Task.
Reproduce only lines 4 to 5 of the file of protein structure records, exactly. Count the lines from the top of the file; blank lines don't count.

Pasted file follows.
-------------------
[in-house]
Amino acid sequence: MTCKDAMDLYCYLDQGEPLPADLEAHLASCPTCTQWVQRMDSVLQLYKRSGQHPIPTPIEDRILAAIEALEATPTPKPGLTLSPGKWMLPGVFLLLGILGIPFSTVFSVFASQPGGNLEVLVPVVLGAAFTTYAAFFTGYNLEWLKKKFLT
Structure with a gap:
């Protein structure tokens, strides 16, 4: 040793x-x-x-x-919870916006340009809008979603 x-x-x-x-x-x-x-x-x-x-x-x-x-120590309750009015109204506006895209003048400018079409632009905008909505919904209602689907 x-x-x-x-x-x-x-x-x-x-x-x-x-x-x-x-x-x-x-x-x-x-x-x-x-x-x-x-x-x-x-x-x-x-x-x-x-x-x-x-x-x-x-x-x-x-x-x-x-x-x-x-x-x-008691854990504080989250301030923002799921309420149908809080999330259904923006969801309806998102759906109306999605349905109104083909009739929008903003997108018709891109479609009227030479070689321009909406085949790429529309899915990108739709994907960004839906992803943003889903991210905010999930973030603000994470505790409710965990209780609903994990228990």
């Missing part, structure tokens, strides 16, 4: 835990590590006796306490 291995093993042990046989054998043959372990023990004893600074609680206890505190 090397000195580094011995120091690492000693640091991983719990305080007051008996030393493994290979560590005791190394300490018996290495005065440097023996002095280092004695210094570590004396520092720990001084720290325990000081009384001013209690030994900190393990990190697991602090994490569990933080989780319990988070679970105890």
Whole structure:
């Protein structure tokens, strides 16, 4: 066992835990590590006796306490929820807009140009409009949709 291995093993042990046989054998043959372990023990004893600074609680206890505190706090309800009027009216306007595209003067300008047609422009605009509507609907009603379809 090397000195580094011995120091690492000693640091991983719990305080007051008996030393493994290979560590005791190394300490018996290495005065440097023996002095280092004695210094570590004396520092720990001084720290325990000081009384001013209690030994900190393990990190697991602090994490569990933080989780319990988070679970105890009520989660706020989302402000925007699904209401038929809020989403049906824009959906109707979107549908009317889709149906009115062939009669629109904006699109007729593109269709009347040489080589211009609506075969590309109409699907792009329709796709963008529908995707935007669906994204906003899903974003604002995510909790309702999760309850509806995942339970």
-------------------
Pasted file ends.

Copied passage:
């Protein structure tokens, strides 16, 4: 040793x-x-x-x-919870916006340009809008979603 x-x-x-x-x-x-x-x-x-x-x-x-x-120590309750009015109204506006895209003048400018079409632009905008909505919904209602689907 x-x-x-x-x-x-x-x-x-x-x-x-x-x-x-x-x-x-x-x-x-x-x-x-x-x-x-x-x-x-x-x-x-x-x-x-x-x-x-x-x-x-x-x-x-x-x-x-x-x-x-x-x-x-008691854990504080989250301030923002799921309420149908809080999330259904923006969801309806998102759906109306999605349905109104083909009739929008903003997108018709891109479609009227030479070689321009909406085949790429529309899915990108739709994907960004839906992803943003889903991210905010999930973030603000994470505790409710965990209780609903994990228990």
């Missing part, structure tokens, strides 16, 4: 835990590590006796306490 291995093993042990046989054998043959372990023990004893600074609680206890505190 090397000195580094011995120091690492000693640091991983719990305080007051008996030393493994290979560590005791190394300490018996290495005065440097023996002095280092004695210094570590004396520092720990001084720290325990000081009384001013209690030994900190393990990190697991602090994490569990933080989780319990988070679970105890």